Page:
To build a prototype, mock up how the client would experience the new service offering. This could include developing a website, marketing material and sample outputs. You could even write a script for how staff and clients would interact in key scenarios such as a sales meeting or delivery meeting for the new service.
Prototyping is an important stage in the innovation process that shouldn’t be skipped over. It helps your innovation team to visualize exactly what will be needed to deliver the final service before you go to the expense of developing the real thing. Role-playing sales or delivery scenarios is also a good way of anticipating client needs and identifying potential challenges to the new service which can be ironed out before the idea is scaled up.
Storyboarding is a graphic organizer in the form of illustrations or images displayed in sequence for the purpose of pre-visualizing an interaction with clients or users.
Sprint is a set period of time during which specific work has to be completed and made ready for review.
Scrum is a framework for project management that emphasizes teamwork, accountability and iterative progress toward a well-defined goal. The framework begins with a simple premise: Start with what can be seen or known and track the progress, making tweaks as necessary. The three pillars of Scrum are: transparency, inspection and adaptation.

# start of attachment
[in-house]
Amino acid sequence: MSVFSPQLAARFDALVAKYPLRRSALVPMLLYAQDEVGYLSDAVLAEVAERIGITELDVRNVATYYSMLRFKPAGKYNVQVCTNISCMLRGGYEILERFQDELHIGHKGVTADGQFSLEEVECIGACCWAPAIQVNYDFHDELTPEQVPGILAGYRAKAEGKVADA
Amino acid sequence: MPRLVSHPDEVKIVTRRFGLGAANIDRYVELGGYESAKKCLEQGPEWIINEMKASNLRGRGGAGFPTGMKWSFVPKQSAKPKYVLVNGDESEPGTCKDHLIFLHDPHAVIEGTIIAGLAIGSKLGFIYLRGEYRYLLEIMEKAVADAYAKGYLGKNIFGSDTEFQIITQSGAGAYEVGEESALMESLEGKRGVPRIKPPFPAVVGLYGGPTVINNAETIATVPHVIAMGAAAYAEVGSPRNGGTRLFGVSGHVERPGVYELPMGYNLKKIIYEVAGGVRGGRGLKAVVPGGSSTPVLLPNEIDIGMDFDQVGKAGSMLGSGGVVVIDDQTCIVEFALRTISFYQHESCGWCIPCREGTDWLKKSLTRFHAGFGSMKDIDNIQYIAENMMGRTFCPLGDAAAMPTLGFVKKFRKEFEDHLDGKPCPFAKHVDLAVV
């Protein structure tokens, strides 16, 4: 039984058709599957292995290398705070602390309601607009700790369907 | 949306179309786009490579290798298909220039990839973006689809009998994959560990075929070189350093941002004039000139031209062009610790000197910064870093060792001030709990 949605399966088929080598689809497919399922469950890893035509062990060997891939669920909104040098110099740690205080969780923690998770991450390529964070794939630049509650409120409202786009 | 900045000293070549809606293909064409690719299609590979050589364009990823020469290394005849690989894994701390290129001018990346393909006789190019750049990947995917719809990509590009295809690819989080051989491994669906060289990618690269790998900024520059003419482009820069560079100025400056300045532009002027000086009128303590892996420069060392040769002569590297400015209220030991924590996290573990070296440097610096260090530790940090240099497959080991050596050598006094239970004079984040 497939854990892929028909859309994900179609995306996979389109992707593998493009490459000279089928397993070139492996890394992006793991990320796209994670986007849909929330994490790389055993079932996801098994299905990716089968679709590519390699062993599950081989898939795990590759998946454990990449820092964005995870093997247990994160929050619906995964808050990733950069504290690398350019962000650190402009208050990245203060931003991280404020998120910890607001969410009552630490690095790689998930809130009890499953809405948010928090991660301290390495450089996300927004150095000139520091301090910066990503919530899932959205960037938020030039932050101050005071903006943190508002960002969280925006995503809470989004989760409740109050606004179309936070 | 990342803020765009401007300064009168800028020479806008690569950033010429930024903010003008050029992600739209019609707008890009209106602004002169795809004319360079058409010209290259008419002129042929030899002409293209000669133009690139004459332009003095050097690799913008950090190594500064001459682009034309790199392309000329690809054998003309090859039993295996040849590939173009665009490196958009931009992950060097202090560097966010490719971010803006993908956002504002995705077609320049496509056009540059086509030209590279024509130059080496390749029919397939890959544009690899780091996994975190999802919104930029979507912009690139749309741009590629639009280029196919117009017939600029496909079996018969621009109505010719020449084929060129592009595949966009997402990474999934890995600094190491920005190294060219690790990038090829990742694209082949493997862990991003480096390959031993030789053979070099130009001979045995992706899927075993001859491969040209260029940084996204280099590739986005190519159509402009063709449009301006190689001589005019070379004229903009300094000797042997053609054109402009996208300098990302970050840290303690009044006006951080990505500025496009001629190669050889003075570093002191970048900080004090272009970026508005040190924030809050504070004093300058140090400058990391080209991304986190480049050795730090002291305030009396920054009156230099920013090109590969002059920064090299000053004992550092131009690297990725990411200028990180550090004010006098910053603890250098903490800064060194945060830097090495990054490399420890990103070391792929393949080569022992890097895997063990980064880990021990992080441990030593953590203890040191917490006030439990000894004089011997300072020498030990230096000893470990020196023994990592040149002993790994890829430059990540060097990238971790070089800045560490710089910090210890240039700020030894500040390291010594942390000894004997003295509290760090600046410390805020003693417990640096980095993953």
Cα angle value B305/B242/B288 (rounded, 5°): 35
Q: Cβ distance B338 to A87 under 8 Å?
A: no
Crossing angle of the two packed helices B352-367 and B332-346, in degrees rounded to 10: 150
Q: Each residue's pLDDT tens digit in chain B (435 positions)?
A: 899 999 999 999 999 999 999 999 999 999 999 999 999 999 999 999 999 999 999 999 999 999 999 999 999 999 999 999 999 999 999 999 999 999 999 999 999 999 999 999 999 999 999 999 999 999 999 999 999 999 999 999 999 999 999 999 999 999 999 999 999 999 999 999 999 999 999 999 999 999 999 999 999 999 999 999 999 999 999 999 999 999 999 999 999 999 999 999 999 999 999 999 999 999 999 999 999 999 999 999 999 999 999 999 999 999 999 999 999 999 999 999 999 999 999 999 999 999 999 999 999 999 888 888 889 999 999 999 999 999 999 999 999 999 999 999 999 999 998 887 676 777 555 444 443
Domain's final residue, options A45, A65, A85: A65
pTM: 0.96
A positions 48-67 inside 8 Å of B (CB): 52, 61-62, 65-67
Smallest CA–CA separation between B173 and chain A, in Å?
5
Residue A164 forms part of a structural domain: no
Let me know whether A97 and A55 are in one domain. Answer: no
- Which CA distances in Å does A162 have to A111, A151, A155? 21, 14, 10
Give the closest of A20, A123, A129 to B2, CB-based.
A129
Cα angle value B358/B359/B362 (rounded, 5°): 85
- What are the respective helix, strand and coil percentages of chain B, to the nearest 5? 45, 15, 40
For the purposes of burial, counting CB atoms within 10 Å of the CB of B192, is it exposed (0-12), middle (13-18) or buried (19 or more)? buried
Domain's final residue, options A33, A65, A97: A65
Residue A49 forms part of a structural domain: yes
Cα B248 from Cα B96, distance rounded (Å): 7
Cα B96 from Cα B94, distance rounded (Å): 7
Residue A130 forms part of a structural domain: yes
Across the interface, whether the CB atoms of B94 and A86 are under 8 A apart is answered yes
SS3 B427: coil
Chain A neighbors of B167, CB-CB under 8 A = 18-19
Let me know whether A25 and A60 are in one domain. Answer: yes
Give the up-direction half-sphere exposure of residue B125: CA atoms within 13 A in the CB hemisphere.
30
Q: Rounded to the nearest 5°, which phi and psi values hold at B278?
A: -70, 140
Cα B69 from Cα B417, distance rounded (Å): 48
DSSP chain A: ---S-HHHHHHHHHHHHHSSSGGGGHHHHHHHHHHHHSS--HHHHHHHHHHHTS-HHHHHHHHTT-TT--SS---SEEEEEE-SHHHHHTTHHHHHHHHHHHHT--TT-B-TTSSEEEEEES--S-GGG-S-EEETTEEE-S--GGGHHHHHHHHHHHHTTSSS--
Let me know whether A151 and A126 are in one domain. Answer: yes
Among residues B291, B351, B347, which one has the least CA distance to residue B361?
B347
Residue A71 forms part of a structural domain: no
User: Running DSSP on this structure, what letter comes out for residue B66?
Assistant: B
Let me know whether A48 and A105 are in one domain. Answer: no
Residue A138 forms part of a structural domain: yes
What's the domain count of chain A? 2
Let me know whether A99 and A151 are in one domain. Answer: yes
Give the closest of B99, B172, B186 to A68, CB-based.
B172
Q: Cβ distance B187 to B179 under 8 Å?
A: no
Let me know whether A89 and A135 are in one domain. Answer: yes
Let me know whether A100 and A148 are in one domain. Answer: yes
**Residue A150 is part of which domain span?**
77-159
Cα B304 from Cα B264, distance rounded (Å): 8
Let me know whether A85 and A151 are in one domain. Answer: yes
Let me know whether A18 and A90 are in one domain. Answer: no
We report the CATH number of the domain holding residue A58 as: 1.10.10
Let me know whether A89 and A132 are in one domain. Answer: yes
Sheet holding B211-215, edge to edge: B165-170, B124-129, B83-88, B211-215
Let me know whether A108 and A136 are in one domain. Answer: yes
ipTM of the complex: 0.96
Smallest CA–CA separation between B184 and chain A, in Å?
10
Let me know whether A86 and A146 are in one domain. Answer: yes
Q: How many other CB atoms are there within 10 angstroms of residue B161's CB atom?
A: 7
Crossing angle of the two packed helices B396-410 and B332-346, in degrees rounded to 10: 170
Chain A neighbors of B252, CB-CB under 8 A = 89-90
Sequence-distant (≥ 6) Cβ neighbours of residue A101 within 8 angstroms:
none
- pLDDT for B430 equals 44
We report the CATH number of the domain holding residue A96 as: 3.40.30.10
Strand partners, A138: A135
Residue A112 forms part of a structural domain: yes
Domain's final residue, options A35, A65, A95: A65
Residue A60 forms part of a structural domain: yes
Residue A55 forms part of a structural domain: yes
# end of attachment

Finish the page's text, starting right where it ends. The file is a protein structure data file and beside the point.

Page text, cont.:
Sandbox is a digital environment and toolset which enables large groups of stakeholders to act autonomously and without hierarchy in the building of innovative concepts and solutions.
Valley of death is the potential period of time spanning from when an idea receives an initial capital contribution to when it begins generating revenues. Many innovations fail to survive due to lack of interest and sustained investment – hence the ‘valley of death’. New ideas are exciting at the beginning. People flock to offer ideas, brainstorm and make plans, but soon interest lags as the hard work of rollout continues. Many firms suffer from too many initiatives that don’t quite take off. Sustained investment is required to take good ideas and scale them up successfully. But leaders also need to know when to pull the plug.